1986 Thrasher sketch color comp 3

I always loved Thrasher because of his attitude and voice on the show. (“Taking a dip, love?”) While I liked the toy as well, he tended to stay in the Thunder Machine since his head was just a tiny bit too big, despite being otherwise nicely sculpted and painted.

What do you think of that lacrosse stick weapon?

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Mortal Kombat Sub-Zero test shot

G.I. Joe Mortal Kombat Sub-Zero test shot detailYou’ve all been enthusiastic in your reactions to these Mortal Kombat test shots, so here’s another one from 1994. It’s Sub-Zero. Or Scorpion, or Reptile, or Smoke. But probably Sub-Zero. Turns out they were all the same mold, with some color difference.

G.I. Joe Mortal Kombat Sub-Zero test shot detail

Interestingly, this test shot has a Cobra tampo on it. Here’s a close-up:

G.I. Joe Mortal Kombat Sub-Zero test shot detail

Sub-Zero’s arms come from another G.I. Joe figure, the 1992 ninja codenamed “Dice.” Sub-Zero isn’t a Cobra agent, and the Mortal Kombat toy line bore no “G.I. Joe” logos, names, or insignia. Adding a tampo is an extra step, so looking at this figure I thought that this test shot in fact had a set of production Dice arms on it, that someone at the factory in China pulled them off a “regular” Dice figure. But Dice has two colors on his gauntlets, black with purple details, so these are not production arms. I suppose the process of running off test shots for these arms included the Cobra tampo, even though production samples of Sub-Zero/Scorpion/Reptile/Smoke would have no such printing.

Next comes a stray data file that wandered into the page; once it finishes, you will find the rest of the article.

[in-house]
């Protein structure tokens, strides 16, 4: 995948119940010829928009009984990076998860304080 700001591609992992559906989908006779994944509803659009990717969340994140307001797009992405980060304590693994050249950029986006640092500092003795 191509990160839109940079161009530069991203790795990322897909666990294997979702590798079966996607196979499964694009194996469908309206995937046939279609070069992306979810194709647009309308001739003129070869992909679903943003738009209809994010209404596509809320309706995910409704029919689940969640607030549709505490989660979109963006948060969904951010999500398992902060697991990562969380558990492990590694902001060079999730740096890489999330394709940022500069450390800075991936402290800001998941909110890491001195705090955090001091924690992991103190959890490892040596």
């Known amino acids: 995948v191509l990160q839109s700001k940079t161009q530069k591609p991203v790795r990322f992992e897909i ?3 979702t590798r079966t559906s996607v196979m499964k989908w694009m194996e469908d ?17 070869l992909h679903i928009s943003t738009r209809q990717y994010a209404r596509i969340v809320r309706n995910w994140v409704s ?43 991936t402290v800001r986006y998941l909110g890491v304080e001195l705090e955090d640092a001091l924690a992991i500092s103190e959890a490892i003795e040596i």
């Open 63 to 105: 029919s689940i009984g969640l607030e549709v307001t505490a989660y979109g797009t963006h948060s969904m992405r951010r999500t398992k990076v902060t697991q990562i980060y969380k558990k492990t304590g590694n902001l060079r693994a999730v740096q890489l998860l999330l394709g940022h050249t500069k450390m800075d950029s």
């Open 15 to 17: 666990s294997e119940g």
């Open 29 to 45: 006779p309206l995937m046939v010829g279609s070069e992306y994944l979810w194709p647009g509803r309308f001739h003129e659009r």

G.I. Joe Mortal Kombat Sub-Zero test shot detailSo this is a bit of a puzzle to me. Nothing epic, just a small head-scratcher. Perhaps you know, and can tell me in the comments. Also, please continue to school me in Mortal Kombat lore, as I never played the game and only saw the first film. Oh, as with the Kano test shot, this villain’s special feature, the “Spring Action Flying Dragon,” works.

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George Woodbridge WORMS Presentation Art

George Woodbridge WORMSI’ve written about George Woodbridge before.  Here’s something else by him, a color photocopy of Hasbro’s internal presentation artwork for W.O.R.M.S., the Maggot tank driver.  The figure was released in 1987, so this was probably drawn in ’86.  I’ve posted this link before, but here’s a bit about Woodbridge, from a eulogy Mark Evanier wrote in 2004.  Woodbridge is better known for his military and historical illustrations, and for contributing work to Mad Magazine, but he did a bunch of internal Hasbro freelance work as well.George Woodbridge WORMS